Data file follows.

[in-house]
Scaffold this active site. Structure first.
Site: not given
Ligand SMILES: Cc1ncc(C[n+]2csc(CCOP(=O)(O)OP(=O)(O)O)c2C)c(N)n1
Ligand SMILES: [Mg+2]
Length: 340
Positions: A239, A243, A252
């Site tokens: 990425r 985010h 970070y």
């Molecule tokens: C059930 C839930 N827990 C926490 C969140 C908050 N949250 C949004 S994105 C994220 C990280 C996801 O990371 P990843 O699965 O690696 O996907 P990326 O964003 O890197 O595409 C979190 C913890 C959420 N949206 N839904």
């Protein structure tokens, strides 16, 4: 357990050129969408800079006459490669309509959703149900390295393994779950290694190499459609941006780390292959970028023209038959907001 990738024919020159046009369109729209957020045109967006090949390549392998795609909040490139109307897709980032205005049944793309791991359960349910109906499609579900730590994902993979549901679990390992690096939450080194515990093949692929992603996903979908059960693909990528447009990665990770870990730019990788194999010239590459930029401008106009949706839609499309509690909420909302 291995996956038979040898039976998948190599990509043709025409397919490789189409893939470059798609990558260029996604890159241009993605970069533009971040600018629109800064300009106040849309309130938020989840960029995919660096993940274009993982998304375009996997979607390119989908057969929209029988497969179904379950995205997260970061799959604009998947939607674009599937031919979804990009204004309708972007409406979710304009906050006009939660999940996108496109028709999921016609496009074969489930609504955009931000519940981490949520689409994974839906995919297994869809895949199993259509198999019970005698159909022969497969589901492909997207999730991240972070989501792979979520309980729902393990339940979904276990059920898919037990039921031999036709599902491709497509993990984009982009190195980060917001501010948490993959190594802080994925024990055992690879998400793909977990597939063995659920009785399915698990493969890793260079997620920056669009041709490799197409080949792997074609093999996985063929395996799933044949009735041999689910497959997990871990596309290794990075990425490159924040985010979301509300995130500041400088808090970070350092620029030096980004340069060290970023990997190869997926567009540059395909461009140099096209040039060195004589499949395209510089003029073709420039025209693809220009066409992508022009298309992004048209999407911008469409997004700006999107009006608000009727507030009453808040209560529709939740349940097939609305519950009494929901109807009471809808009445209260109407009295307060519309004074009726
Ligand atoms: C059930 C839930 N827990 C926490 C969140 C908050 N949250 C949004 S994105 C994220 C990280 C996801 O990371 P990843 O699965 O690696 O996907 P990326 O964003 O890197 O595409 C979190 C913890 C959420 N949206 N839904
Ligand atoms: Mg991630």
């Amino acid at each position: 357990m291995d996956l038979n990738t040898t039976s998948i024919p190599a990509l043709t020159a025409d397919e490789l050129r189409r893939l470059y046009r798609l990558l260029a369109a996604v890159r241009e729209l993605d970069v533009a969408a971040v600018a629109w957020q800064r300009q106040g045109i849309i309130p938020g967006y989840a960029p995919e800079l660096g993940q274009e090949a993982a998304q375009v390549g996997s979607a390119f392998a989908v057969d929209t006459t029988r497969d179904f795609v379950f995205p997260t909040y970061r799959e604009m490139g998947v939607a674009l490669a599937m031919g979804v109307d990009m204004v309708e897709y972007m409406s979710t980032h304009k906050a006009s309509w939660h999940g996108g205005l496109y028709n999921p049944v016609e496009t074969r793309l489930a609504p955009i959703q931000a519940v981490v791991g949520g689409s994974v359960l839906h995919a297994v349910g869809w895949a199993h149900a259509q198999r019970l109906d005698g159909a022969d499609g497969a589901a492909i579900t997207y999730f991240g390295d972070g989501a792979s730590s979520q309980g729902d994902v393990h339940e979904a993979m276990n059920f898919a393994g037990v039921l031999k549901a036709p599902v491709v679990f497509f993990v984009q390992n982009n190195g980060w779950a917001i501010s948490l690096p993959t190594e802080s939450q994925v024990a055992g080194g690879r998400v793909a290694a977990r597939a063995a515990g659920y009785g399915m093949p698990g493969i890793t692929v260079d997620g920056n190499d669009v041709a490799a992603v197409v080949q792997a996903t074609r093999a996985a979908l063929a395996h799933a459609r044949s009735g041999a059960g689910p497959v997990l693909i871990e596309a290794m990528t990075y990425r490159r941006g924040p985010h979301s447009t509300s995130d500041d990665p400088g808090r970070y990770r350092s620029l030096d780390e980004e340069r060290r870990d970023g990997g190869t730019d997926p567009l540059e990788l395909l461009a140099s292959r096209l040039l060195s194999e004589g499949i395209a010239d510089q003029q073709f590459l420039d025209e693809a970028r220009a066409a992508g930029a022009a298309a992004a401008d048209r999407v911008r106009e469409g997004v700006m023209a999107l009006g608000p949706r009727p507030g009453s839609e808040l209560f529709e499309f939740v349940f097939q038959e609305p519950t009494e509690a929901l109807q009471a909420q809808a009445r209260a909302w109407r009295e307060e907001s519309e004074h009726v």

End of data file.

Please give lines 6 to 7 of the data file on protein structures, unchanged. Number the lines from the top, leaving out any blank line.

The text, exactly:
Length: 340
Positions: A239, A243, A252